Blackhawk Townhouse Owners Association Inc. v J.S.

J.S. appealed the denial of her motion to set aside the judgment arguing she was incapacitated when served and when summary judgment was granted. The panel affirmed. It held that review of factual findings made during consideration of motions under Rule of Civil Procedure 60(b)(4) is for clear error not de novo. It held that J.S. did not challenge the district court ruling that she was presumed component until a court determined otherwise ion 2015 and thus she was competent when served in 2014 and thus affirmed on service issue. It held the district court’s conclusion Association did not know J.S. was incapacitated and did not have reason to believe she was incapacitated was supported by competent evidence and thus Association owed no duty to J.S. to initiate guardianship proceedings. It affirmed denial of rebuttal evidence involving veracity of another witness as the proposed testimony was speculative and awarded Association attorney fees on appeal.

Uzelac v Fire Insurance Exchange

Uzelac appealed summary judgment to Exchange in their homeowners insurance claim case. The panel affirmed in part, reversed in part and remanded. It affirmed as to a bridge loan Uzelac took out as their argument did not demonstrate that the loan was covered living expense and the cases cited in support were inapposite. It affirmed as to rental value of a comparable mountain vacation home as Uzelac failed to present evidence at summary judgment as to the name of the adjuster who allegedly told them no coverage was available nor any details about content or setting of the conversation and thus there was insufficient factual evidence to defeat summary judgment. It reversed and remanded as to identified reconstruction expenses as Exchange did not raise those expenses in its summary judgment motion. It finally affirmed on Uzelac’s bad faith claim as Exchange properly denied coverage as to the bridge loan, Uzelac failed to prove misrepresentation and any liability for the malfeasance of the reconstruction contractor is tort based not contract based.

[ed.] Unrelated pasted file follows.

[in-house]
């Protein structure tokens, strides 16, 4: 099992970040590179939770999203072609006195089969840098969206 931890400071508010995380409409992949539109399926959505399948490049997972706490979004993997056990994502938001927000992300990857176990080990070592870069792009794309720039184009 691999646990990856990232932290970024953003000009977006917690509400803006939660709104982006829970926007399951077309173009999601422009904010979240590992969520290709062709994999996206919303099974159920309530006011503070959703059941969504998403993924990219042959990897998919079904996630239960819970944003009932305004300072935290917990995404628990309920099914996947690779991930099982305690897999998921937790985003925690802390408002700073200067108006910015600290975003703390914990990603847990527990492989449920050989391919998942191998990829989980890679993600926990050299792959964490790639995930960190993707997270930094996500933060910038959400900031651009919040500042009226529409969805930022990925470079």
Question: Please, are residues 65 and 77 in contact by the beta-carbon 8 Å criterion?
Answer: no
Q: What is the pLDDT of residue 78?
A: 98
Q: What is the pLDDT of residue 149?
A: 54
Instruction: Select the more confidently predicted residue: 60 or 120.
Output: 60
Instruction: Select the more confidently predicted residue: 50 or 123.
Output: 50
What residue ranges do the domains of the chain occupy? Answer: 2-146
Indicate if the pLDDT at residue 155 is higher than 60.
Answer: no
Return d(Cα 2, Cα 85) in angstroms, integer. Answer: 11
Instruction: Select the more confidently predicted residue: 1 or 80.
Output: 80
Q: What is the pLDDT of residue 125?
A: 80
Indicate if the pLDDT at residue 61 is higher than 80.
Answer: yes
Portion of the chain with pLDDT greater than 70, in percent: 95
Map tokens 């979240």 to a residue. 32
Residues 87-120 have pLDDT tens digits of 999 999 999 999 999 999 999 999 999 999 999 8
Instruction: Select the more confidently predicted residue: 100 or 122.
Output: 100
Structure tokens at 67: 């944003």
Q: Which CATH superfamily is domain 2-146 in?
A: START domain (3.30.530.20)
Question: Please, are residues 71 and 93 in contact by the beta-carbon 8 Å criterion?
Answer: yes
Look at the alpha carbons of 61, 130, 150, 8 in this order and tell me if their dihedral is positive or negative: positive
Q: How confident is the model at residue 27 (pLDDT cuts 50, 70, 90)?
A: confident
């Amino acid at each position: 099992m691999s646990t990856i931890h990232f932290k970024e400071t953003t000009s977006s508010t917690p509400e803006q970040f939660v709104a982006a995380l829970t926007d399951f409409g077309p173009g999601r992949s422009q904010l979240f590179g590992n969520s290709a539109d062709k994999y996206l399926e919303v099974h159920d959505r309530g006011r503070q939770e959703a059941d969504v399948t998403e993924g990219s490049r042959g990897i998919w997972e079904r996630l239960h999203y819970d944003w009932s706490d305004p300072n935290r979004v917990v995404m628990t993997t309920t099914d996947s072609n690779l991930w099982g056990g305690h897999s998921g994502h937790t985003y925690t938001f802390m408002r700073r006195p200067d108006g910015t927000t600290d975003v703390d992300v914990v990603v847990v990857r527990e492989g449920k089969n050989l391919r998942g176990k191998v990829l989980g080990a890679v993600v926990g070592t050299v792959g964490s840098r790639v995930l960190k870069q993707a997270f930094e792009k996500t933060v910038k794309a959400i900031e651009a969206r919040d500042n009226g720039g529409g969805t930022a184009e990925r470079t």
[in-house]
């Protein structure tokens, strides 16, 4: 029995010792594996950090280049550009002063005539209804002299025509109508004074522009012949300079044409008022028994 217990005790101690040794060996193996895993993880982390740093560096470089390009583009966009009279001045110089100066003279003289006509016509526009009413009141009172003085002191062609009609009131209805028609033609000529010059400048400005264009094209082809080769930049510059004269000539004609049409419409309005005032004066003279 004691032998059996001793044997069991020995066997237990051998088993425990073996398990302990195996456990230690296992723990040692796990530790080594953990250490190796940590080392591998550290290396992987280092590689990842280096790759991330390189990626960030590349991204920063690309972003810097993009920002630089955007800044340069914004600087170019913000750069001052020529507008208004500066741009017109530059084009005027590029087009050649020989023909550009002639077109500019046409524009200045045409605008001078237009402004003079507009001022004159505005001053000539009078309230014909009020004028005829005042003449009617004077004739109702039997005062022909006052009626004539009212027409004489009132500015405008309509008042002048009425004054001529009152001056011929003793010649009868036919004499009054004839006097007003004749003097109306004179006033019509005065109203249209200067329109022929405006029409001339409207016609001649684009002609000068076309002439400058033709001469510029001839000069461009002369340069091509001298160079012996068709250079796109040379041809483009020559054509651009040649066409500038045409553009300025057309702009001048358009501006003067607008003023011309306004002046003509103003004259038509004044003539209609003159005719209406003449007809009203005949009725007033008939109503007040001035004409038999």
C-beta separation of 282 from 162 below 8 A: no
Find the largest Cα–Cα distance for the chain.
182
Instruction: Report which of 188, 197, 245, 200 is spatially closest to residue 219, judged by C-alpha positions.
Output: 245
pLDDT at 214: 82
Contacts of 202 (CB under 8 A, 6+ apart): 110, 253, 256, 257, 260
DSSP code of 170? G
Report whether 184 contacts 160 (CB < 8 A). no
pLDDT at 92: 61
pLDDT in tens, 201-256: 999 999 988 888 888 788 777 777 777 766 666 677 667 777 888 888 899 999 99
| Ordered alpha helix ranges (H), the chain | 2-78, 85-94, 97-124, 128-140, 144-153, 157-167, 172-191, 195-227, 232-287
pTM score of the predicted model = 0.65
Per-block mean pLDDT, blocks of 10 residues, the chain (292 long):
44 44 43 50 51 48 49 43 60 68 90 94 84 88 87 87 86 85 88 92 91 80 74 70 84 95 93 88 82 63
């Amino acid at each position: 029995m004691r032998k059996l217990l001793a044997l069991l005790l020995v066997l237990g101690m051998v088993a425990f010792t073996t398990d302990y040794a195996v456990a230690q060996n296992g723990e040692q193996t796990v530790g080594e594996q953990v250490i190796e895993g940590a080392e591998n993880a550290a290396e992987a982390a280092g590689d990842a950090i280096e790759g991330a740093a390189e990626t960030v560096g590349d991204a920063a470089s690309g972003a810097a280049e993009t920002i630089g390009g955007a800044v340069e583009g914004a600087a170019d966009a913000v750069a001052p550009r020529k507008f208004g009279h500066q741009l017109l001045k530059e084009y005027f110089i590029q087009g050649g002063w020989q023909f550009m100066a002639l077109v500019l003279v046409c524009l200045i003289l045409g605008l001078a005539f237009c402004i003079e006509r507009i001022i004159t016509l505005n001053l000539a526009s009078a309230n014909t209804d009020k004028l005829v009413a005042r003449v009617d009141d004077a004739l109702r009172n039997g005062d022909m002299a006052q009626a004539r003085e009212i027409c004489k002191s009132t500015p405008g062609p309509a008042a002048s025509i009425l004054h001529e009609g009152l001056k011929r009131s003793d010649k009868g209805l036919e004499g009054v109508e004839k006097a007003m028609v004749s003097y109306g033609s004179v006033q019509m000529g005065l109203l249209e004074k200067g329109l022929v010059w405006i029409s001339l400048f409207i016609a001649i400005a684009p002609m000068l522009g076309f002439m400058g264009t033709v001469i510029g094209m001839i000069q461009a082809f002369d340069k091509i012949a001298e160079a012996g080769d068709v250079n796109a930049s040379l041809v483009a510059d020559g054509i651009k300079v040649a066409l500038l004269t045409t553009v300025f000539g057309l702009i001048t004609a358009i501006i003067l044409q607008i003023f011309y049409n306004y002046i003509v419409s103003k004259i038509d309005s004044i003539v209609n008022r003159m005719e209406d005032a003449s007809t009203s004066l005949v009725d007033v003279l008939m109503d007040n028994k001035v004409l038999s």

Barrett v State

Barrett appealed the denial of his post-conviction relief petition. The panel affirmed. It held the district court erred in ruling the petition was procedurally barred because it was brought within one year, ineffective assistance claims can be made in a petition without seeking to withdraw a guilty plea under Utah supreme Court precedent and the case relied upon by the state dealt with when the one year limit runs based on knowledge o factual basis of claims and dies not set up a procedural bar. It affirmed on the alternative ground that Barrett did not prove prejudice here as he signed a pela agreement setting out the possibility of prison time if restitution was paid as of the date of sentencing, stated to the district court at the change of plea hearing that he had read the agreement and stated he understood that he faced prison time if he did not pay restitution and thus the fact he did receive prison time after he did not pay restitution was foreseeable.

Lauritzen v First American Title Insurance Company

Lauritzen appealed summary judgment to Title on his title insurance claim. The panel affirmed in part, reversed in part and remanded. It held there was no claim for unmarketable title as this is limited to situations involving the right of ownership not the physical condition of the property involved or the inability to put the property to a given economic use as Lauritzen claims is the case here. It held there was coverage for defective title as one lot which had an overlap with another lot, but, no coverage as to the other four lots described in the incorporated lot as there was no inaccuracy or discrepancy in the description of those lots. It held summary judgment based on First’s affirmative defenses was inappropriate as Lauritzen contacted First soon after learning about problems with the overlapping lot, consent to recording an amended plat would not obviate damages as to the overlapping lot and Lauritzen was allowed to testify about the value of the land involved and disputes about the accuracy of the valuation preclude summary judgment.